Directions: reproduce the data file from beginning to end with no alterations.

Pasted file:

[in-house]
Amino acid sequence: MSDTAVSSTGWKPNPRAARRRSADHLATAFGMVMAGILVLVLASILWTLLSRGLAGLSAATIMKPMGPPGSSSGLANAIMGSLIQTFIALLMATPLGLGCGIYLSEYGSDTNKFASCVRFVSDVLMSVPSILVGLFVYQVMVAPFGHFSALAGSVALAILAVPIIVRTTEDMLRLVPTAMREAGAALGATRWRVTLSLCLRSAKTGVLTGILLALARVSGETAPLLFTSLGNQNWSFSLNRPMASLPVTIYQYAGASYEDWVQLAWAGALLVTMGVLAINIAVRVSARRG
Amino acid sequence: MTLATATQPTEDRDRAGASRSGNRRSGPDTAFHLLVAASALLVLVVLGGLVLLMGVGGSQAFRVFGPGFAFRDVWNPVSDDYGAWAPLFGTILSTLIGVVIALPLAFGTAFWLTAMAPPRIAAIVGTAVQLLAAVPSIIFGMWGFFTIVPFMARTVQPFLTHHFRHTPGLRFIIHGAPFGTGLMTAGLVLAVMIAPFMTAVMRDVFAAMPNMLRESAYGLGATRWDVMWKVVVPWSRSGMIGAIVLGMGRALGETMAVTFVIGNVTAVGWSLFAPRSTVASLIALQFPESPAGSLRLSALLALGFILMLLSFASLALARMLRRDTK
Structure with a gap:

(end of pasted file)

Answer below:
[in-house]
Amino acid sequence: MSDTAVSSTGWKPNPRAARRRSADHLATAFGMVMAGILVLVLASILWTLLSRGLAGLSAATIMKPMGPPGSSSGLANAIMGSLIQTFIALLMATPLGLGCGIYLSEYGSDTNKFASCVRFVSDVLMSVPSILVGLFVYQVMVAPFGHFSALAGSVALAILAVPIIVRTTEDMLRLVPTAMREAGAALGATRWRVTLSLCLRSAKTGVLTGILLALARVSGETAPLLFTSLGNQNWSFSLNRPMASLPVTIYQYAGASYEDWVQLAWAGALLVTMGVLAINIAVRVSARRG
Amino acid sequence: MTLATATQPTEDRDRAGASRSGNRRSGPDTAFHLLVAASALLVLVVLGGLVLLMGVGGSQAFRVFGPGFAFRDVWNPVSDDYGAWAPLFGTILSTLIGVVIALPLAFGTAFWLTAMAPPRIAAIVGTAVQLLAAVPSIIFGMWGFFTIVPFMARTVQPFLTHHFRHTPGLRFIIHGAPFGTGLMTAGLVLAVMIAPFMTAVMRDVFAAMPNMLRESAYGLGATRWDVMWKVVVPWSRSGMIGAIVLGMGRALGETMAVTFVIGNVTAVGWSLFAPRSTVASLIALQFPESPAGSLRLSALLALGFILMLLSFASLALARMLRRDTK
Structure with a gap: